Capital Wheel

In 1889 the Eiffel Tower was created as a landmark structure for the World’s Fair in Paris.  It was named after the engineer, Gustave Eiffel, whose company designed the wrought iron tower.

In 1893 the Chicago World’s Fair wanted to create a monumental landmark that was greater than the Eiffel Tower.  George Ferris presented his designs of a large wheel.  His designs were rejected many times because of a fear that people would be hurt.  Finally his wheel ride was accepted.  Once the wheel was up and running in Chicago, attendance increased and it became a popular attraction.  It was 264 feet tall and had 36 wooden carts.

Ferris wheels have become landmark structures since the Chicago World’s Fair in 1893.  Today these monuments are found all over the world ranging in height from 82 to 550 feet.  The tallest is found in Las Vegas, Nevada.  It stands at 550 feet high.

The Washington DC metro area welcomed its first Ferris wheel over Memorial Day Weekend.  The Capital Wheel at National Harbor is a monumental landmark that visually enhances the waterfront along the Potomac River.  It stands 180 feet high.  When the sun sets behind the Capital Wheel, the colored lights come on. The colors outline the contours of the wheel as they dance along the structure.  The computerized display is a mesmerizing show that brings the Capital Wheel alive.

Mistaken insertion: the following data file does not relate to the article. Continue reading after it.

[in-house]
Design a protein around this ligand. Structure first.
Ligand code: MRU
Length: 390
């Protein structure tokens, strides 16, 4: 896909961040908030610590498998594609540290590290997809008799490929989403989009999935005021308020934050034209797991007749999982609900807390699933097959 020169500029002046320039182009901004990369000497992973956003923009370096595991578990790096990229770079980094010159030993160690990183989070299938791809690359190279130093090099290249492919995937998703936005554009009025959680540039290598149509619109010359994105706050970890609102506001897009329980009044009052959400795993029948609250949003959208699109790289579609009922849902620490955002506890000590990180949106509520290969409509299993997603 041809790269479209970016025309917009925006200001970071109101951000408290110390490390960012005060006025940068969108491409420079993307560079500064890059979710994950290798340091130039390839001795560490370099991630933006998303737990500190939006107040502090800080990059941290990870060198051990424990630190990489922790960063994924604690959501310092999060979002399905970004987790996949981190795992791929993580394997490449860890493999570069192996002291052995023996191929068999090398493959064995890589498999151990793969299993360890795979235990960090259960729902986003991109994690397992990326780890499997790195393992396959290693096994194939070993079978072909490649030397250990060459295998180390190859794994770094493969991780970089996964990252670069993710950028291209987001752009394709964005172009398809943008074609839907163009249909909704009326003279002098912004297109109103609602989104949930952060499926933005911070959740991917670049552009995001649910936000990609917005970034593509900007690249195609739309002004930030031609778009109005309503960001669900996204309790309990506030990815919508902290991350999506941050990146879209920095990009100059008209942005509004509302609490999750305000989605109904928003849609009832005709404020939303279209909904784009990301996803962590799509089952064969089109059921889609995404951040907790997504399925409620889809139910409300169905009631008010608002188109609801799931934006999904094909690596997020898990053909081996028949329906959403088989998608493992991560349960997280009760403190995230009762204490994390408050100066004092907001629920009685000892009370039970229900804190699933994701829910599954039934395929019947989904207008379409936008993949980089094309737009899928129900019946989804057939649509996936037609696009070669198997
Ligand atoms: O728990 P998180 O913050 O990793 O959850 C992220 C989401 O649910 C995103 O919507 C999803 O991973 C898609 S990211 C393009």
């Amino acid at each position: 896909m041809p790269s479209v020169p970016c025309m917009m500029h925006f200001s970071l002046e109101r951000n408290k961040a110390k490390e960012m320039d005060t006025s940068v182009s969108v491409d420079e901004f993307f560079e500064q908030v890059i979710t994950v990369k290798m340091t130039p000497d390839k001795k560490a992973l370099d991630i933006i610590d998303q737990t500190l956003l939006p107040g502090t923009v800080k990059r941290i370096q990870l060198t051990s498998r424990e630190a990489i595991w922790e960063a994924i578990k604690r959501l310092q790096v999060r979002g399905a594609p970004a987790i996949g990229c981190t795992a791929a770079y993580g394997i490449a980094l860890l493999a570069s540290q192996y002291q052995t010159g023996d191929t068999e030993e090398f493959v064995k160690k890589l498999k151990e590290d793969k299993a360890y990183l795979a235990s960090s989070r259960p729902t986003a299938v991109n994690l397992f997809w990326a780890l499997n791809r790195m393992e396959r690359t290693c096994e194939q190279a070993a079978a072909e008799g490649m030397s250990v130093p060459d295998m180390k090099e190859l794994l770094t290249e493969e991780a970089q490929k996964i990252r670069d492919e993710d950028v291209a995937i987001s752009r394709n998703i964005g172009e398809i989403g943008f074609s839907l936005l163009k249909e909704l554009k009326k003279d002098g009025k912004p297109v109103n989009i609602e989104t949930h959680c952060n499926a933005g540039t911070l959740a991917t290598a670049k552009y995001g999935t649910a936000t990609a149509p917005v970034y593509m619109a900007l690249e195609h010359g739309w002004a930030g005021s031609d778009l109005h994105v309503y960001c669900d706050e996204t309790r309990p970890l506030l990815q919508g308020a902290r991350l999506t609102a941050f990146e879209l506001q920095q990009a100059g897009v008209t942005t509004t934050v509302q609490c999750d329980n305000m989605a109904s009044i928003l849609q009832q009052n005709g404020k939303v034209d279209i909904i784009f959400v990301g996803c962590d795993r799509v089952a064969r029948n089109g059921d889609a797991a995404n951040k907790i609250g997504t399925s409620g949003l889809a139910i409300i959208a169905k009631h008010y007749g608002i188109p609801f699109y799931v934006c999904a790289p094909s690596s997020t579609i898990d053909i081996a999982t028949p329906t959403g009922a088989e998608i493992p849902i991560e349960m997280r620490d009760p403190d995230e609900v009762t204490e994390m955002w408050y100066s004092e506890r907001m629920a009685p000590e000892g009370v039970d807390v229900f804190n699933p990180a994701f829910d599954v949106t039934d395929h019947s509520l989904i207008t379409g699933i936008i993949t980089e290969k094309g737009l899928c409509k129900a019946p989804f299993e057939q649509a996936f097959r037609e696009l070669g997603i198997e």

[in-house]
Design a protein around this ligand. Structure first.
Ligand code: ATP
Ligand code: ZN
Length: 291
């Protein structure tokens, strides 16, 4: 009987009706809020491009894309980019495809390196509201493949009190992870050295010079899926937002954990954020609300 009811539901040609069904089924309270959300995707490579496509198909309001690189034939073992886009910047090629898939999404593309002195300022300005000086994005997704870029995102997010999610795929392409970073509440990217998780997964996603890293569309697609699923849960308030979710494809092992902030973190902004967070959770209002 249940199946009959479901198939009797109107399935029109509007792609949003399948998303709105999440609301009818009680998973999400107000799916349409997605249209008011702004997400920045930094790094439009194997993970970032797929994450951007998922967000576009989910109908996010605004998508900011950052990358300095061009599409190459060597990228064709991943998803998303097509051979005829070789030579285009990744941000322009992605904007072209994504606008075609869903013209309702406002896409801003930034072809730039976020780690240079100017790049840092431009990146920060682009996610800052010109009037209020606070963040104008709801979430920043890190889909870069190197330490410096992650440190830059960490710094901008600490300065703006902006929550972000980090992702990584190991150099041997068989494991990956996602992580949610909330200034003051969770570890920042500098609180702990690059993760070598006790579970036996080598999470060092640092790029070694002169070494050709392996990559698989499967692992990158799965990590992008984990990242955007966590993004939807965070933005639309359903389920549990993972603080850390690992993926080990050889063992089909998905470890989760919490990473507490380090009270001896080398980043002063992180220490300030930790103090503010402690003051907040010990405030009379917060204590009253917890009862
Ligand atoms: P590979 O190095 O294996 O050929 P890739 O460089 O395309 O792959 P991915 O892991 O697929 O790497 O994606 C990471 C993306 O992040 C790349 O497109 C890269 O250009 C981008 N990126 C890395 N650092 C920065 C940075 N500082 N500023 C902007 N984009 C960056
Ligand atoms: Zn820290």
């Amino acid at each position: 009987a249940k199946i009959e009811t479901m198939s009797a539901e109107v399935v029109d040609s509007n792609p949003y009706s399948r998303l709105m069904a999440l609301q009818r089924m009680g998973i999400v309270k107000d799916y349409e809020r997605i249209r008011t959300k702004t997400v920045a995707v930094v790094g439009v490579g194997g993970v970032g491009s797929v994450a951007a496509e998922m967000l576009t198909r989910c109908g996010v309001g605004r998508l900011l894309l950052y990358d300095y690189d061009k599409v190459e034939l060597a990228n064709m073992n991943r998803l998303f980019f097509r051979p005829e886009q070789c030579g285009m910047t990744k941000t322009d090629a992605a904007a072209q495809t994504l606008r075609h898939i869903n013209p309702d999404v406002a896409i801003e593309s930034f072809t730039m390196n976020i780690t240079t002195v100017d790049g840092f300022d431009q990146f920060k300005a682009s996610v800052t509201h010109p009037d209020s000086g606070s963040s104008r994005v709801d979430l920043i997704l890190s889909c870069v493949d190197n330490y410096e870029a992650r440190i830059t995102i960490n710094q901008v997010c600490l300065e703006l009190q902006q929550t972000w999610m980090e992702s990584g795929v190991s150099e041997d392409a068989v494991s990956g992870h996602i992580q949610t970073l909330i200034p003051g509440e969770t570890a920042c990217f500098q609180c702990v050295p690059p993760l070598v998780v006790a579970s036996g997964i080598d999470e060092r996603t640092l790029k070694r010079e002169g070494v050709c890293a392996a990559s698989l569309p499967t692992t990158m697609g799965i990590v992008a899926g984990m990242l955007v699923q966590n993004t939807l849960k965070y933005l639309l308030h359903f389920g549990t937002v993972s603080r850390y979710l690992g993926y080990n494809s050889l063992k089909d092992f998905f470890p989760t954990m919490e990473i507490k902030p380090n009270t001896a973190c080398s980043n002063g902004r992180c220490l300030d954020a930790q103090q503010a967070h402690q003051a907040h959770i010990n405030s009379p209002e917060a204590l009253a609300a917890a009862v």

Looking at the wheel is only one of the visual experiences it offers.  Riding the wheel allows the participant to experience the views along the Potomac River of DC, Virginia and Maryland. Ride the wheel at sunset and experience the beauty of the natural colors in the sky as the electronic lights on the wheel begin their dance.

Capital Wheel, National Harbor, Washington DC Metro

Capital Wheel, National Harbor, Washington DC Metro.  Opened Memorial Day Weekend 2014


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